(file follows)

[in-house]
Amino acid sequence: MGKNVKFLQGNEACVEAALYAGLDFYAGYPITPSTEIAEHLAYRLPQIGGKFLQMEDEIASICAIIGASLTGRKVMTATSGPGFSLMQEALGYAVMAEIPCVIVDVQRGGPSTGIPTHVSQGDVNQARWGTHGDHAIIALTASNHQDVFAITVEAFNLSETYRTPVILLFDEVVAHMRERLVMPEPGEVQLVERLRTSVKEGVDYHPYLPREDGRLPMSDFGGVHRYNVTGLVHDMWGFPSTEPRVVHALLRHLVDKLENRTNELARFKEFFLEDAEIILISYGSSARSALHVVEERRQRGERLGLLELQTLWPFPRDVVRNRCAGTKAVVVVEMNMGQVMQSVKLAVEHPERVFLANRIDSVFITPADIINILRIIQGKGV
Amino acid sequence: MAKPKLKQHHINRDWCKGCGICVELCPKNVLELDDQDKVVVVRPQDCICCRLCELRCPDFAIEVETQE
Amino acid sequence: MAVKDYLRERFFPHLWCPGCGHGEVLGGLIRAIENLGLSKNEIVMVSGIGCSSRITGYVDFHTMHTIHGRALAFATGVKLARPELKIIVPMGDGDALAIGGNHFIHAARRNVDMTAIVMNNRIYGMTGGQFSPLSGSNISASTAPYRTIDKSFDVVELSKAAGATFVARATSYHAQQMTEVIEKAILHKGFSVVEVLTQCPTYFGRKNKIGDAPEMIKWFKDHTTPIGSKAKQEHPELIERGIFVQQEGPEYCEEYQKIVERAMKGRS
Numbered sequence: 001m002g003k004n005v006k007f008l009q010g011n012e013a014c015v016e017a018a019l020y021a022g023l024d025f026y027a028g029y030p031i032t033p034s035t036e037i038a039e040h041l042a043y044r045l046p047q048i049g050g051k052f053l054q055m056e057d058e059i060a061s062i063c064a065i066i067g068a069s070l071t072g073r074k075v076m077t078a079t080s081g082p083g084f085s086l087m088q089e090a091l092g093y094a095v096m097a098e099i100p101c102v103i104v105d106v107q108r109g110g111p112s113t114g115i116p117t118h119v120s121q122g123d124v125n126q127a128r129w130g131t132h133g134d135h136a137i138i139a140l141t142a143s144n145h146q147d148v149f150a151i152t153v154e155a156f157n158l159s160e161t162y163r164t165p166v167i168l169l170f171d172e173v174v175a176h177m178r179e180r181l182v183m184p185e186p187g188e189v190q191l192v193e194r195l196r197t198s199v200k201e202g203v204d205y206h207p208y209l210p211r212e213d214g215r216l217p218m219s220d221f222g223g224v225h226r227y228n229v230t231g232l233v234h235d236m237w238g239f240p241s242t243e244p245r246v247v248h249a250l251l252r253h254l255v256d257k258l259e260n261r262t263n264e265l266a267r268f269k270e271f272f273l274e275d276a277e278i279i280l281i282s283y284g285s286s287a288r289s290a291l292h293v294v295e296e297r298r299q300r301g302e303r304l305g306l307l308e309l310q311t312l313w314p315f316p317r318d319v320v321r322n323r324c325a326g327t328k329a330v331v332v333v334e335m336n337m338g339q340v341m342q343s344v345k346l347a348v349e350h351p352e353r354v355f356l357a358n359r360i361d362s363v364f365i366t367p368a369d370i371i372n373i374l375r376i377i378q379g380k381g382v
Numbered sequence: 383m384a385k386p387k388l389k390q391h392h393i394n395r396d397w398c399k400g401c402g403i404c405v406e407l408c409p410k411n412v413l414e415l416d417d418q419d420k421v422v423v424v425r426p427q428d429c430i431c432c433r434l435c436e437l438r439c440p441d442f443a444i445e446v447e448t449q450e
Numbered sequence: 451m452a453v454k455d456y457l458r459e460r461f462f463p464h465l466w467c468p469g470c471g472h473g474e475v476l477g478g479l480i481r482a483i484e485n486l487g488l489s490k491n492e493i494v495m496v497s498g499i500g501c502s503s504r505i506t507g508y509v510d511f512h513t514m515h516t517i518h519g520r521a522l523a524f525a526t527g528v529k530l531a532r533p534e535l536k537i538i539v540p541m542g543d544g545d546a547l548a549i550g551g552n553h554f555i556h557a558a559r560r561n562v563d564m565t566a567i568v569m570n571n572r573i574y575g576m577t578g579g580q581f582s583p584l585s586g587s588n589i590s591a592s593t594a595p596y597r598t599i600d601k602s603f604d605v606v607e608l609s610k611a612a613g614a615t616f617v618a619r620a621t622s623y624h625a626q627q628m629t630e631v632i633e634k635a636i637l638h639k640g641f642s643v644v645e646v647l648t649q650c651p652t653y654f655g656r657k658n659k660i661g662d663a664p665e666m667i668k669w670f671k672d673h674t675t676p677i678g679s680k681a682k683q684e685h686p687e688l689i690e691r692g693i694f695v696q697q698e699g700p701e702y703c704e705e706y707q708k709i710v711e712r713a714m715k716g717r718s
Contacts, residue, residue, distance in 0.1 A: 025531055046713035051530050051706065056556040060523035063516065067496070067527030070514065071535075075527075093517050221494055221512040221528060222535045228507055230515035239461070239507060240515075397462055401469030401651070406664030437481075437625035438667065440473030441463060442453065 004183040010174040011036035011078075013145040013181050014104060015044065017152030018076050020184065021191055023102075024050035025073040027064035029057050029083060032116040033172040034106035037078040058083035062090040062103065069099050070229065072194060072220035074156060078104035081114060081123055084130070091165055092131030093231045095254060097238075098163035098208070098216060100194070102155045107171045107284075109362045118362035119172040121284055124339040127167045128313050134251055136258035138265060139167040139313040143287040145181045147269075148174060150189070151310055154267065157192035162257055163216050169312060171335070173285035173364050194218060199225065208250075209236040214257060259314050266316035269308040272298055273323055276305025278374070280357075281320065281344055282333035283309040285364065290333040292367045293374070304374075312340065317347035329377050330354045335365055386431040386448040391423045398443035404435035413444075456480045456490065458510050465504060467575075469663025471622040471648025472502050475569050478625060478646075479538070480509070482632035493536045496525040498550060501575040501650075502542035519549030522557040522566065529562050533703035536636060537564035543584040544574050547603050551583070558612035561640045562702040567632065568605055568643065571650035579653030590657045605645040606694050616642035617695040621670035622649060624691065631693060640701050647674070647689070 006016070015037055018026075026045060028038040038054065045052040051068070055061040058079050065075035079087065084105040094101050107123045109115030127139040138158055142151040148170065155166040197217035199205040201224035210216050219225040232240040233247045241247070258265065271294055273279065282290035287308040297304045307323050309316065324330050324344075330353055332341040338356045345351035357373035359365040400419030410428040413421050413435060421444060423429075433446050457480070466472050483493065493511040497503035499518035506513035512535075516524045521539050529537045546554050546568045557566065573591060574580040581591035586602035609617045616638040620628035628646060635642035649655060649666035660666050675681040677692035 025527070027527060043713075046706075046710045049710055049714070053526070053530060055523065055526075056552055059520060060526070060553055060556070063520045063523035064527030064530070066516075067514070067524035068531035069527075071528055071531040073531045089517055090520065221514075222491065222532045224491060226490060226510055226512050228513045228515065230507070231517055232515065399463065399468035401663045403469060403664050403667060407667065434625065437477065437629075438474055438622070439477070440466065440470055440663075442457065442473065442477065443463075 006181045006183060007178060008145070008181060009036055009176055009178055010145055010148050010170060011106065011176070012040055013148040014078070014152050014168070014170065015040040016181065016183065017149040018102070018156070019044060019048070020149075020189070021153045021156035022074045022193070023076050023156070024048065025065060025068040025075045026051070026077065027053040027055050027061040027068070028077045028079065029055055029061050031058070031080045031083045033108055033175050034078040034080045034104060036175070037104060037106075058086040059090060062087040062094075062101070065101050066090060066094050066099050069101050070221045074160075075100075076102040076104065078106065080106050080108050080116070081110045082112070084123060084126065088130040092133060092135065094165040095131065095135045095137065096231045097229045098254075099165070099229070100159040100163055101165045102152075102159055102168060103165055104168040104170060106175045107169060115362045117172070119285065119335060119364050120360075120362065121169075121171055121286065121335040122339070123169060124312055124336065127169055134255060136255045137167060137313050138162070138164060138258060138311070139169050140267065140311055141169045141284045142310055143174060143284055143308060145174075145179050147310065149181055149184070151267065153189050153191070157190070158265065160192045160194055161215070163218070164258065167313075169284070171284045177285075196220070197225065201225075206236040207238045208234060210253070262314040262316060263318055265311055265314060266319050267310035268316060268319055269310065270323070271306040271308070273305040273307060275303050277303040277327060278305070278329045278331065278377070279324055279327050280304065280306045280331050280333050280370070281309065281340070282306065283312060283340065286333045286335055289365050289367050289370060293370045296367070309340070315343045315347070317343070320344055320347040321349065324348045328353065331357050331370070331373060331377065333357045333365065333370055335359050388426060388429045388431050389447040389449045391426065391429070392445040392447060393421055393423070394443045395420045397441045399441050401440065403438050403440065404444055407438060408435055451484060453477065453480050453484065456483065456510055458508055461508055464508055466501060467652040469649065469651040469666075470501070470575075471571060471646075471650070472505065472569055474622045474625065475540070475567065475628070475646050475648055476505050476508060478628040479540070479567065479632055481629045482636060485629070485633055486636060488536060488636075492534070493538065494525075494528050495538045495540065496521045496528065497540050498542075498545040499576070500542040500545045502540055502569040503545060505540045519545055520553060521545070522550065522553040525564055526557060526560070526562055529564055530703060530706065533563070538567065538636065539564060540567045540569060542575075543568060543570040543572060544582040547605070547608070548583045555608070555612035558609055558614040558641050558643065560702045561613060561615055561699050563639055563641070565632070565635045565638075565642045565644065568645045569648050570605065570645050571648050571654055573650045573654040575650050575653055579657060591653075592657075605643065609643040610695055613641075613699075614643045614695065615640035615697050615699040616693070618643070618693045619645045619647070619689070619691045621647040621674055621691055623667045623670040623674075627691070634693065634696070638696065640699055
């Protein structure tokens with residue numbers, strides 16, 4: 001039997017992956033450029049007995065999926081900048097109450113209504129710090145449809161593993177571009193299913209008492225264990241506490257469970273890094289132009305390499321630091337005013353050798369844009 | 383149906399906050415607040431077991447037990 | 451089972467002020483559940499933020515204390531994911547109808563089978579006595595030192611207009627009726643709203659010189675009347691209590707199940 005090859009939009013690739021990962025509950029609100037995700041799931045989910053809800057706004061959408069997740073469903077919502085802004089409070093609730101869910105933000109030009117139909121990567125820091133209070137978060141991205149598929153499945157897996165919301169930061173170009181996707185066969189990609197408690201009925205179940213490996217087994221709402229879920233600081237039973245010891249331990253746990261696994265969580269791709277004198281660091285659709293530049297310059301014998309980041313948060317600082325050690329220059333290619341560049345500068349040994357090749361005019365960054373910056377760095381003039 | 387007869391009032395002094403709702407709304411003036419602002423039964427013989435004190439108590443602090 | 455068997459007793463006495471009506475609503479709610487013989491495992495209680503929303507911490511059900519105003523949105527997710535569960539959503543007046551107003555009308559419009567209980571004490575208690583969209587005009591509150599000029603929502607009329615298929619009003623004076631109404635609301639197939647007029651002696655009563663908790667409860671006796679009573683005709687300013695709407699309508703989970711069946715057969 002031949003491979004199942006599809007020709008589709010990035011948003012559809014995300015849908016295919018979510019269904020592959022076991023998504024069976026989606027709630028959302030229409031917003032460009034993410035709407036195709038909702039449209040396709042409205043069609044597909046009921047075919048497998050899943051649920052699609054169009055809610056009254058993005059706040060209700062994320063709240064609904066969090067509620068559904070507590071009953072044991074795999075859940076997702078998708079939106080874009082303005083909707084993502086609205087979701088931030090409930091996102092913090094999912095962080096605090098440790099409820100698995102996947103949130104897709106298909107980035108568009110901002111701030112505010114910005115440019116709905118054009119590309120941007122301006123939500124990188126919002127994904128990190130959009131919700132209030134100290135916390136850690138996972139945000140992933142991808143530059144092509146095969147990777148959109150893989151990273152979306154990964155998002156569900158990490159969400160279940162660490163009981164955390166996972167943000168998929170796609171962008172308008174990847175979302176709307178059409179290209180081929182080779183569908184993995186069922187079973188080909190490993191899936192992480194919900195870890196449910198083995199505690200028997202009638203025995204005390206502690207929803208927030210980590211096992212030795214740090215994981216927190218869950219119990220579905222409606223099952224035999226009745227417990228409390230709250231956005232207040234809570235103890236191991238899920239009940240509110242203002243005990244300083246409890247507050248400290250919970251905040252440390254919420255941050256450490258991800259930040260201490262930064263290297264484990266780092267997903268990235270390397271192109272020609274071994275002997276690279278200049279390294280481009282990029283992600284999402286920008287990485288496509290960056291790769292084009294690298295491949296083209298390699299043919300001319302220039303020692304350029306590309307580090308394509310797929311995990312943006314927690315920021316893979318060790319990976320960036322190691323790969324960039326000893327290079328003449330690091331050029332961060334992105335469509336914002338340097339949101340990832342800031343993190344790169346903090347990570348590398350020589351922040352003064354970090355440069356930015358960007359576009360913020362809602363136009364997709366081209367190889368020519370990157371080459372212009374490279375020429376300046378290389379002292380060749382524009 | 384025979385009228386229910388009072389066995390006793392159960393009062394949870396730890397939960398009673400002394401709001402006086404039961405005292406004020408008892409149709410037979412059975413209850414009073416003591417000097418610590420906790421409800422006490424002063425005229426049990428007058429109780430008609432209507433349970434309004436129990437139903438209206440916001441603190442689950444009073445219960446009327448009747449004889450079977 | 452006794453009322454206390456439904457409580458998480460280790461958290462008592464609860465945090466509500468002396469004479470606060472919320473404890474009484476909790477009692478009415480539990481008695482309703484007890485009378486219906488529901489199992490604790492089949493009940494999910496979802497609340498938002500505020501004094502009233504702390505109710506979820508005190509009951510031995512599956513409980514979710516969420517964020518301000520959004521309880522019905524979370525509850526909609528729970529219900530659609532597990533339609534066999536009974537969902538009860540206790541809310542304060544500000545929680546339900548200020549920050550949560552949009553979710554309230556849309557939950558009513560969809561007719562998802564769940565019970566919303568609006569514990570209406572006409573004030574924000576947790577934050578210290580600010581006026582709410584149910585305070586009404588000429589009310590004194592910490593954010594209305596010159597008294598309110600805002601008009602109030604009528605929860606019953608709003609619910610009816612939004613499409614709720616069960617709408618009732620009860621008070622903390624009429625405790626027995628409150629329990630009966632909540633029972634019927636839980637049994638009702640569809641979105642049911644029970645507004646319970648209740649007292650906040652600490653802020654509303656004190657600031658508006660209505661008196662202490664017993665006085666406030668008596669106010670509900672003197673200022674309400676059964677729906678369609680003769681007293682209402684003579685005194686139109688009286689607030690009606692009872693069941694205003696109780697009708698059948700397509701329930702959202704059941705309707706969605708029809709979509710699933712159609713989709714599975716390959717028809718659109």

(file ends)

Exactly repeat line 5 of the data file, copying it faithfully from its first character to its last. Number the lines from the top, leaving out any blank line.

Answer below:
Numbered sequence: 001m002g003k004n005v006k007f008l009q010g011n012e013a014c015v016e017a018a019l020y021a022g023l024d025f026y027a028g029y030p031i032t033p034s035t036e037i038a039e040h041l042a043y044r045l046p047q048i049g050g051k052f053l054q055m056e057d058e059i060a061s062i063c064a065i066i067g068a069s070l071t072g073r074k075v076m077t078a079t080s081g082p083g084f085s086l087m088q089e090a091l092g093y094a095v096m097a098e099i100p101c102v103i104v105d106v107q108r109g110g111p112s113t114g115i116p117t118h119v120s121q122g123d124v125n126q127a128r129w130g131t132h133g134d135h136a137i138i139a140l141t142a143s144n145h146q147d148v149f150a151i152t153v154e155a156f157n158l159s160e161t162y163r164t165p166v167i168l169l170f171d172e173v174v175a176h177m178r179e180r181l182v183m184p185e186p187g188e189v190q191l192v193e194r195l196r197t198s199v200k201e202g203v204d205y206h207p208y209l210p211r212e213d214g215r216l217p218m219s220d221f222g223g224v225h226r227y228n229v230t231g232l233v234h235d236m237w238g239f240p241s242t243e244p245r246v247v248h249a250l251l252r253h254l255v256d257k258l259e260n261r262t263n264e265l266a267r268f269k270e271f272f273l274e275d276a277e278i279i280l281i282s283y284g285s286s287a288r289s290a291l292h293v294v295e296e297r298r299q300r301g302e303r304l305g306l307l308e309l310q311t312l313w314p315f316p317r318d319v320v321r322n323r324c325a326g327t328k329a330v331v332v333v334e335m336n337m338g339q340v341m342q343s344v345k346l347a348v349e350h351p352e353r354v355f356l357a358n359r360i361d362s363v364f365i366t367p368a369d370i371i372n373i374l375r376i377i378q379g380k381g382v